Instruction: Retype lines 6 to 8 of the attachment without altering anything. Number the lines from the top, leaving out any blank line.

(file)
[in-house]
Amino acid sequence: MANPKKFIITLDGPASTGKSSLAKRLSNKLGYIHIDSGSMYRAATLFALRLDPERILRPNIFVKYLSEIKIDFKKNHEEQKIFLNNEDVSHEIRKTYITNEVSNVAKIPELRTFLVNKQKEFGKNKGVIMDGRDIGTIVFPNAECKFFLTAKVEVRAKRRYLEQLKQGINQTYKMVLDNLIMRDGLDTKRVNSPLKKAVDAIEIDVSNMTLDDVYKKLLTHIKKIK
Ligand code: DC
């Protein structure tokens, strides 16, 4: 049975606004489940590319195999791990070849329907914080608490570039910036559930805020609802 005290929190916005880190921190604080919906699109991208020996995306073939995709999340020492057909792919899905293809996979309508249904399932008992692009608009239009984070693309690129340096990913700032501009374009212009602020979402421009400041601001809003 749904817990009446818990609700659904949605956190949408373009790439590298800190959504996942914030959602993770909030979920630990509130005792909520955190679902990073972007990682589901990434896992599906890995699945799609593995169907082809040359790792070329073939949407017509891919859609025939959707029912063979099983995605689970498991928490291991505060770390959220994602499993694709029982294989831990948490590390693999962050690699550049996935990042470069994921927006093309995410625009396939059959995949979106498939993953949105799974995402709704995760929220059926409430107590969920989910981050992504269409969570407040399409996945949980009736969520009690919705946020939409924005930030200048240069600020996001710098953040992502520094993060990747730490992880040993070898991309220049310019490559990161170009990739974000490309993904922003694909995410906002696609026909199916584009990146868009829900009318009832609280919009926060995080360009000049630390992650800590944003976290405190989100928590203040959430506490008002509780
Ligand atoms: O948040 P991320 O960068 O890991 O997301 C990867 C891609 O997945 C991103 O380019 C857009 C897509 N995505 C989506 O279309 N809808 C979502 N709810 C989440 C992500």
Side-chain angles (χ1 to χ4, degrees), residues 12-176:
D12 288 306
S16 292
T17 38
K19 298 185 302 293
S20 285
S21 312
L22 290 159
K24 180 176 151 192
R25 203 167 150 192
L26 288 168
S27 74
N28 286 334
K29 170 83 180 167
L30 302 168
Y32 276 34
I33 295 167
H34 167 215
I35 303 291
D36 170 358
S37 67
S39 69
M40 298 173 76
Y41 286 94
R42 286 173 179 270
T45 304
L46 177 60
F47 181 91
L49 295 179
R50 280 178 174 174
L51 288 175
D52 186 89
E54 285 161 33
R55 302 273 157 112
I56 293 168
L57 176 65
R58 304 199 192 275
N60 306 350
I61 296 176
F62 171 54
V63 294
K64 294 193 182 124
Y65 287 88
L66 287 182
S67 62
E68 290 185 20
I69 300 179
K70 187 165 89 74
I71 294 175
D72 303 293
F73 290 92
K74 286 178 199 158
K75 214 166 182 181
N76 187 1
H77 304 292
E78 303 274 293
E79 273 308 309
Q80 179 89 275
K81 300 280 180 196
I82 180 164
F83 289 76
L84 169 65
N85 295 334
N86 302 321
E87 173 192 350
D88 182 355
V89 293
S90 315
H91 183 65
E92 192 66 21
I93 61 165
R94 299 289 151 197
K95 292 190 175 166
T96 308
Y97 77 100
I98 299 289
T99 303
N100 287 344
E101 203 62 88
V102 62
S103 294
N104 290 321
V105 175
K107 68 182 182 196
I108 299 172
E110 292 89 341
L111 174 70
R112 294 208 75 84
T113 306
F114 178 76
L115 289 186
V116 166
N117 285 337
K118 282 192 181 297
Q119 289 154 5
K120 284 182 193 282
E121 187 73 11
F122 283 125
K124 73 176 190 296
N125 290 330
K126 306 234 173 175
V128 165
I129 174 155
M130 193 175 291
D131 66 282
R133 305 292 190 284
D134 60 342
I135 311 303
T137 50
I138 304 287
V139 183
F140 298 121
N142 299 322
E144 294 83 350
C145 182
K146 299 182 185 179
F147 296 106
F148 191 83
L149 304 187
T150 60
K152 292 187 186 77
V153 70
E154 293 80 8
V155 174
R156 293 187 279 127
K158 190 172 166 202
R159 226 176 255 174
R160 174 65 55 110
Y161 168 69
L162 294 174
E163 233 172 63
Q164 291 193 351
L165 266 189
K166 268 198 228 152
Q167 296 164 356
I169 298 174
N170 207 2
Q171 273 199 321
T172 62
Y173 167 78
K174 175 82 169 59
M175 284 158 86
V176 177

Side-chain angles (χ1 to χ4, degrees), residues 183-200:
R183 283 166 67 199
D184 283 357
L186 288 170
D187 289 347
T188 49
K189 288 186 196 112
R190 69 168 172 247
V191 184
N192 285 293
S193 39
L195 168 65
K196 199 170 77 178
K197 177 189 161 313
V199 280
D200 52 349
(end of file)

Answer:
Side-chain angles (χ1 to χ4, degrees), residues 12-176:
D12 288 306
S16 292